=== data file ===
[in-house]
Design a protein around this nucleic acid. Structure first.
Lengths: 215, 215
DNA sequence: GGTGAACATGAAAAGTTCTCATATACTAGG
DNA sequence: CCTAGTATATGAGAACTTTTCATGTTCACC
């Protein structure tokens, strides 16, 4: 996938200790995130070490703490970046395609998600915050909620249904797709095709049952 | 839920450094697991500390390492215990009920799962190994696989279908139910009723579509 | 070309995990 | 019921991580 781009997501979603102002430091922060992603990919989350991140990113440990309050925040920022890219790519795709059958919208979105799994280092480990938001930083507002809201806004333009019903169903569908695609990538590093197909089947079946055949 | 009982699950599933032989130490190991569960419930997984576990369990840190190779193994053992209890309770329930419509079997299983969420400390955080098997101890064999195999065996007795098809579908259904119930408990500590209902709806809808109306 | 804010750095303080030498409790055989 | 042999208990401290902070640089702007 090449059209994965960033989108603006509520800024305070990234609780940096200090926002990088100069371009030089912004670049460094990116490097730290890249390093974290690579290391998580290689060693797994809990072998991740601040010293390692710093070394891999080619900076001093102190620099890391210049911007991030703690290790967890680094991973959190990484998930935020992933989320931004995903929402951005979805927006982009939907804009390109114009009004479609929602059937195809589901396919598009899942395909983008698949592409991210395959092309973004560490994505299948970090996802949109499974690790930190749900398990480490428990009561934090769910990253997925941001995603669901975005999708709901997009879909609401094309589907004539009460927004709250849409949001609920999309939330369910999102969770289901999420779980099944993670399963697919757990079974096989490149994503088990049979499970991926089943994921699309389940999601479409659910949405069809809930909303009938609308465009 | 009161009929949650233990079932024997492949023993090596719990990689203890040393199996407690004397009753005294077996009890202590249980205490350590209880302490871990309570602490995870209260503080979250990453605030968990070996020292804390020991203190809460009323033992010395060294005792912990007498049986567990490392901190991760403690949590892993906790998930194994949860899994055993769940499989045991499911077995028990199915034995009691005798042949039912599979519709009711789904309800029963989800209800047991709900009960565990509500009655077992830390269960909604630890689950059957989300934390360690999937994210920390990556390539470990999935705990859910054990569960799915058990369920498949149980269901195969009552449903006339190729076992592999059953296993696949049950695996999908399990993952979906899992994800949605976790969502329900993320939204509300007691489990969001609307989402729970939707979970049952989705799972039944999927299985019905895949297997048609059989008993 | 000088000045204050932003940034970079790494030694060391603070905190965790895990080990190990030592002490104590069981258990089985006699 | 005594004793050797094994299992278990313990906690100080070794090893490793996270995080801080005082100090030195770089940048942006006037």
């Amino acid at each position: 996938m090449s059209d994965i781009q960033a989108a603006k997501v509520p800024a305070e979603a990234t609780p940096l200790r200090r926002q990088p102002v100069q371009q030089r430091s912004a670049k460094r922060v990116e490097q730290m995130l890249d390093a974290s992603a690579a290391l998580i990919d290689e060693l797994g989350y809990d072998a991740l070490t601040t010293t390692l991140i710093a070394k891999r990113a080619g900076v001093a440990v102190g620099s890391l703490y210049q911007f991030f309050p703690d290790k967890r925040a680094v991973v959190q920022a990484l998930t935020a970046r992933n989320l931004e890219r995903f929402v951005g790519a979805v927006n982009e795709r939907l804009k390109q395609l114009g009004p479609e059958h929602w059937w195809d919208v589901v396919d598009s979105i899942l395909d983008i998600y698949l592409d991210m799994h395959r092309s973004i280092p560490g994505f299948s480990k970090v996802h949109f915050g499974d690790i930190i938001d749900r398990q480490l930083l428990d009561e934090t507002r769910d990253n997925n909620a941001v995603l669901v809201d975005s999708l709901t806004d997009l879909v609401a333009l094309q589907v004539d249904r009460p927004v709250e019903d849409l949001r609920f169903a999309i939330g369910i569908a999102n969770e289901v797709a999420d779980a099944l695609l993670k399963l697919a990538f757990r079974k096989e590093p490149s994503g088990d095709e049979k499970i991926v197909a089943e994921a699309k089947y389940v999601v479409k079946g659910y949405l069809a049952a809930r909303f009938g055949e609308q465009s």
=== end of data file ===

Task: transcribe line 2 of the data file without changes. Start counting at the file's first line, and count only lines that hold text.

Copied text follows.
Design a protein around this nucleic acid. Structure first.